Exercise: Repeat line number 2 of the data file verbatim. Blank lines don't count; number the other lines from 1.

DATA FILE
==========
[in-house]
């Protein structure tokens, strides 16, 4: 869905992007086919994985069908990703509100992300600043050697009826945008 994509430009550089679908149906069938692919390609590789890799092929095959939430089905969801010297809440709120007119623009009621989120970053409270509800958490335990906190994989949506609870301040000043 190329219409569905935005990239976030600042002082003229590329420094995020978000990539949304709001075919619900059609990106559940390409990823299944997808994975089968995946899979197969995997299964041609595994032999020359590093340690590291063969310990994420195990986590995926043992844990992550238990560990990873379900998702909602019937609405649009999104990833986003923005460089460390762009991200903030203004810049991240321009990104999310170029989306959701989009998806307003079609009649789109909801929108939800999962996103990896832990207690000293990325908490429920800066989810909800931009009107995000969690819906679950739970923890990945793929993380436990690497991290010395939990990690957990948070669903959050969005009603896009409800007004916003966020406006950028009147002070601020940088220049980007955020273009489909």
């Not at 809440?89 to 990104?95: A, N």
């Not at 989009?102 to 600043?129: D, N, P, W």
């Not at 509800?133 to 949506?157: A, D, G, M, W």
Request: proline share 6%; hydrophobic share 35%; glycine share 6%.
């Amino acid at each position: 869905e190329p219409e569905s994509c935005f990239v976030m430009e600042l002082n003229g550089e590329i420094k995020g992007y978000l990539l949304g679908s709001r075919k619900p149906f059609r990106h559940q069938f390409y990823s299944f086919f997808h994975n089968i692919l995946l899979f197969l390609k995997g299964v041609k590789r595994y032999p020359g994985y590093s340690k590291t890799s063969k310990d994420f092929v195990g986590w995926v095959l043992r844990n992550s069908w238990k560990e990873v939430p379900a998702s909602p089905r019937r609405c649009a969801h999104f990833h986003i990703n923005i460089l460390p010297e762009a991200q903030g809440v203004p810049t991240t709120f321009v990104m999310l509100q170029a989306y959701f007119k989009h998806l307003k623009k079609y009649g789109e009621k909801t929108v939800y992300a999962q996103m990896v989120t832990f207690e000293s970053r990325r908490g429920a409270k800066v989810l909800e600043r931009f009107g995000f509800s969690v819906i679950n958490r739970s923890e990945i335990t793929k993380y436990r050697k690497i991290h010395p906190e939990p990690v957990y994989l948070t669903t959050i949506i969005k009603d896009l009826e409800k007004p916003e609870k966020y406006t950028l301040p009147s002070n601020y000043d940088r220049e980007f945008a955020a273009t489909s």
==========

């Protein structure tokens, strides 16, 4: 869905992007086919994985069908990703509100992300600043050697009826945008 994509430009550089679908149906069938692919390609590789890799092929095959939430089905969801010297809440709120007119623009009621989120970053409270509800958490335990906190994989949506609870301040000043 190329219409569905935005990239976030600042002082003229590329420094995020978000990539949304709001075919619900059609990106559940390409990823299944997808994975089968995946899979197969995997299964041609595994032999020359590093340690590291063969310990994420195990986590995926043992844990992550238990560990990873379900998702909602019937609405649009999104990833986003923005460089460390762009991200903030203004810049991240321009990104999310170029989306959701989009998806307003079609009649789109909801929108939800999962996103990896832990207690000293990325908490429920800066989810909800931009009107995000969690819906679950739970923890990945793929993380436990690497991290010395939990990690957990948070669903959050969005009603896009409800007004916003966020406006950028009147002070601020940088220049980007955020273009489909």